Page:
Top 10 Weirdest Facts About the Winter SolsticeWe all know the Winter Solstice is the day Percy Jackson had to save the goddess of hunt, Artemis, and that it's the shortest day and longest night of the year, but what else is there to this annual occurrence?
Stonehenge, aligns with the winter solstice sunrise. Some have produced theories about how the position of the sun was religiously important to the druids, the group of people who built Stonehenge, while others suggest that Stonehenge is constructed around more natural places that happen to align with it. While the original purpose of Stonehenge is still debatable, its relevance on the winter solstice these days is what thousands of neopagans, gather there every year to celebrate the solstice.
While most view the Winter Solstice as a day long event (in 2021 it's on December 21st), it's actually a quite precise time of day. The Winter Solstice occurs the moment the North Pole is facing farthest away from the sun on Earth's axis. This is also the time when the sun shines directly over the Tropic of Capricorn. Last year, the Winter Solstice happened at 4:02 a.m., Central time, on December 22. This year, the solstice will occur at 5:02 a.m central time, on December 21. The Solstice also happens on the same moment, for everyone, regardless of timezones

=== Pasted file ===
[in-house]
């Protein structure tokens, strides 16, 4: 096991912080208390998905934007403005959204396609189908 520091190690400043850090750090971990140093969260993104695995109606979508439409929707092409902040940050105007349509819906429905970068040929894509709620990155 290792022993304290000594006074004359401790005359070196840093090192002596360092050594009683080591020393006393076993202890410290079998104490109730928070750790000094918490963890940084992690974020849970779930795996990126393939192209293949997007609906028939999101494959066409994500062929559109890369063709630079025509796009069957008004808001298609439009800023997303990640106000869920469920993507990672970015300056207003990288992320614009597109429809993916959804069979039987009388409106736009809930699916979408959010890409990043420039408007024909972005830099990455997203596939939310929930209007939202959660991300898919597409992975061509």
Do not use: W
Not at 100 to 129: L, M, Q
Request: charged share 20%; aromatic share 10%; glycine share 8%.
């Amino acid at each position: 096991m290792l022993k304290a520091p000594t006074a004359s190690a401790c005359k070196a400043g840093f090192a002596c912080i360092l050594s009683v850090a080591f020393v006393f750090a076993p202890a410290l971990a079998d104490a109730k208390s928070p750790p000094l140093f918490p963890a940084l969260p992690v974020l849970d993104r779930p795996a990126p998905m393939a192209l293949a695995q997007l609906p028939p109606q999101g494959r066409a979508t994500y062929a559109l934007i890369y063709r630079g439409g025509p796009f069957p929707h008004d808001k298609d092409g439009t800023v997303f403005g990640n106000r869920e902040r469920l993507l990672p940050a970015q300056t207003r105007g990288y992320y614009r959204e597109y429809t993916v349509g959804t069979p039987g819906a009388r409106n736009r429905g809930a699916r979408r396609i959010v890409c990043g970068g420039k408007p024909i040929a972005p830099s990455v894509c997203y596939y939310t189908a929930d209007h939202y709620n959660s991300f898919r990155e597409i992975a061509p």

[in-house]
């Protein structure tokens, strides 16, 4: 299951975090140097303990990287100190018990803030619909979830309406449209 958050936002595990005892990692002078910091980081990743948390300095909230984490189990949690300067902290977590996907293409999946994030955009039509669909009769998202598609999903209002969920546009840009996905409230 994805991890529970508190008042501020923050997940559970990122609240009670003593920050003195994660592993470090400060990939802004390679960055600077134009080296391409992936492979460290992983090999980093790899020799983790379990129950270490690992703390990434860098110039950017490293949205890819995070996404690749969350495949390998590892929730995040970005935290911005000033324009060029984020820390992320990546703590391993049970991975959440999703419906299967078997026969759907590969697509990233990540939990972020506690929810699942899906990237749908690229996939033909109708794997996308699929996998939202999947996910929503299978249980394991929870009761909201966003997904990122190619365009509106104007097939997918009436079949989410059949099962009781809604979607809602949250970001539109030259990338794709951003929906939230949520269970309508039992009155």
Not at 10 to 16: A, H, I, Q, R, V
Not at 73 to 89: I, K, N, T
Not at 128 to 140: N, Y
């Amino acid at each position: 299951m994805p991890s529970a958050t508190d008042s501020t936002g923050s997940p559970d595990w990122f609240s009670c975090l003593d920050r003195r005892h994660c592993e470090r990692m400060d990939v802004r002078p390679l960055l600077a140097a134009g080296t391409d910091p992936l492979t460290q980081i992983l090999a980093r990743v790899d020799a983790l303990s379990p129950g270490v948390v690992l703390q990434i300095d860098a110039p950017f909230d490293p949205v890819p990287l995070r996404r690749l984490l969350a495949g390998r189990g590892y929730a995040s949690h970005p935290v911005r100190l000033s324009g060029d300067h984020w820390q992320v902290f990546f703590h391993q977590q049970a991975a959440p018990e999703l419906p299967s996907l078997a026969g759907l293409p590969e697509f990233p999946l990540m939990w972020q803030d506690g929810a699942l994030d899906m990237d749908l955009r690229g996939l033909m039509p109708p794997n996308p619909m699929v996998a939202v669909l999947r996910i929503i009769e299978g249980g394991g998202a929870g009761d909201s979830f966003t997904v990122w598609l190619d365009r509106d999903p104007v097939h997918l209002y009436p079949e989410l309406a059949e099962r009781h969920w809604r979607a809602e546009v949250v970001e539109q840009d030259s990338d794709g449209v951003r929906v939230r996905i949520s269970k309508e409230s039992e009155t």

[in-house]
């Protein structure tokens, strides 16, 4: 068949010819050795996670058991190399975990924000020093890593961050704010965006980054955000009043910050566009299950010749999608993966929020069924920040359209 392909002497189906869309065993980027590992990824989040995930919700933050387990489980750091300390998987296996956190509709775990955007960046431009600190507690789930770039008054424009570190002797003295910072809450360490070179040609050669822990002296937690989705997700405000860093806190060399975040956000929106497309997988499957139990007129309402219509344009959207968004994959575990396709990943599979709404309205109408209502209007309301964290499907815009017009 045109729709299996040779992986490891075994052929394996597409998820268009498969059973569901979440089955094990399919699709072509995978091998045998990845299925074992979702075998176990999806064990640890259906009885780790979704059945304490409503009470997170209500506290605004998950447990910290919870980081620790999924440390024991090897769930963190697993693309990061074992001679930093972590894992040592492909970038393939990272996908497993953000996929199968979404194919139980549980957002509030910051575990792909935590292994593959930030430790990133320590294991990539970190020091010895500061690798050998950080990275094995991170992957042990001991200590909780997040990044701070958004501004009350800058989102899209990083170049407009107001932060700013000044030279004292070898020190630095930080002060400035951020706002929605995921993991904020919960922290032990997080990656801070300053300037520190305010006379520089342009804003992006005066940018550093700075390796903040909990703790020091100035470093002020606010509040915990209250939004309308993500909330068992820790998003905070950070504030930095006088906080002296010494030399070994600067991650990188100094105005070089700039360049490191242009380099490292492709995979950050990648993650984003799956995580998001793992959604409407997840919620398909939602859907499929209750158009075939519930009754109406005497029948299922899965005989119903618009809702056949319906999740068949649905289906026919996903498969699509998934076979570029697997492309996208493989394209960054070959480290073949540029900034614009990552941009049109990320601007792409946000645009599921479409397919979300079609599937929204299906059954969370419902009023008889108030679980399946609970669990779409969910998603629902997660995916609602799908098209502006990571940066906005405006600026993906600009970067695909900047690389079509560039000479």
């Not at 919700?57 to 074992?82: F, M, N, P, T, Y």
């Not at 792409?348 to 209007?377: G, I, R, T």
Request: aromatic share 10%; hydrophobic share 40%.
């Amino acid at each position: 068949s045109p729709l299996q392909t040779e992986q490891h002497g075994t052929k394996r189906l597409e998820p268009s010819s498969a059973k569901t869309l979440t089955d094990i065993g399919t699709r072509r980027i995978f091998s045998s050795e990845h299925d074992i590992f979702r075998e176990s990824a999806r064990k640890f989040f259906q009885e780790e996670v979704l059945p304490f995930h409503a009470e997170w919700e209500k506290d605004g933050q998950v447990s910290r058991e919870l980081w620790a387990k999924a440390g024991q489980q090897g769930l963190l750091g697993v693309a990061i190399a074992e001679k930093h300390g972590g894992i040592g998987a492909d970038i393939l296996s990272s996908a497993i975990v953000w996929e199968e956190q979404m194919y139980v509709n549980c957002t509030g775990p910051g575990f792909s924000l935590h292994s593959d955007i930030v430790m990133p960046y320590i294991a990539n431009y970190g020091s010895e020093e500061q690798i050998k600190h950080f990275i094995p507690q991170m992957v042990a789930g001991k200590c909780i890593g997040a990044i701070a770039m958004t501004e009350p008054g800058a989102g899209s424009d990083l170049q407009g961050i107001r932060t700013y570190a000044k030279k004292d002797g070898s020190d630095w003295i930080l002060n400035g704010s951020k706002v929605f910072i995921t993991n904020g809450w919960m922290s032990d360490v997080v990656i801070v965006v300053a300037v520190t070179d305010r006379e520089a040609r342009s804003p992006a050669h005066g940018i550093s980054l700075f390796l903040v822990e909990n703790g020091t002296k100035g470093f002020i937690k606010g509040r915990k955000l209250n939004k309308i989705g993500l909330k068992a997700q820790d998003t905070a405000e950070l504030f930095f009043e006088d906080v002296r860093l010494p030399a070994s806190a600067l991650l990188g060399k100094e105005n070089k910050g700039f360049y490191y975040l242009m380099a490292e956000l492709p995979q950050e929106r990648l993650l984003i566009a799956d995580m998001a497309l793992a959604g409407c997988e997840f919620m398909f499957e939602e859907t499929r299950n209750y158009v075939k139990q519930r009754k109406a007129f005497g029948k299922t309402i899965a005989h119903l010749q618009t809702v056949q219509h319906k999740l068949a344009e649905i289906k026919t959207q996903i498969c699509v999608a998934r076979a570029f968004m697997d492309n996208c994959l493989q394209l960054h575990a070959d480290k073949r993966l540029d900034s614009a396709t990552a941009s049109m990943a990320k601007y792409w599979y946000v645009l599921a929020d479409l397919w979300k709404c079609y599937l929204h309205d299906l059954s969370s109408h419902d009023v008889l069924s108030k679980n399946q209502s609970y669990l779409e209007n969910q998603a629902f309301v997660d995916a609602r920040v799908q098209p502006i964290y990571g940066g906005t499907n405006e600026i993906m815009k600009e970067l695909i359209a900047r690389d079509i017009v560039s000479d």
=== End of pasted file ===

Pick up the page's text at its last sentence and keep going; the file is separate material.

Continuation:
Early societies (pagans, but pick which branch, as it probably doesn't matter) would be astounded over the amount of people who are depressed, starving and so on, during this time of year, as they held solstice celebrations and rituals meant to welcome the return of the sun and hope for new life. Scandinavian and Germanic pagans, (most likely Norse) lit fires and burned logs as a ritualistic, symbolic way of welcoming back light and the sun. Cows, pigs and, goats were sacrificed around the middle of winter, followed by feasting on fresh meat for several months. The modern Druidic celebration Alban Arthan celebrates the death of the Old Sun and birth of the New Sun.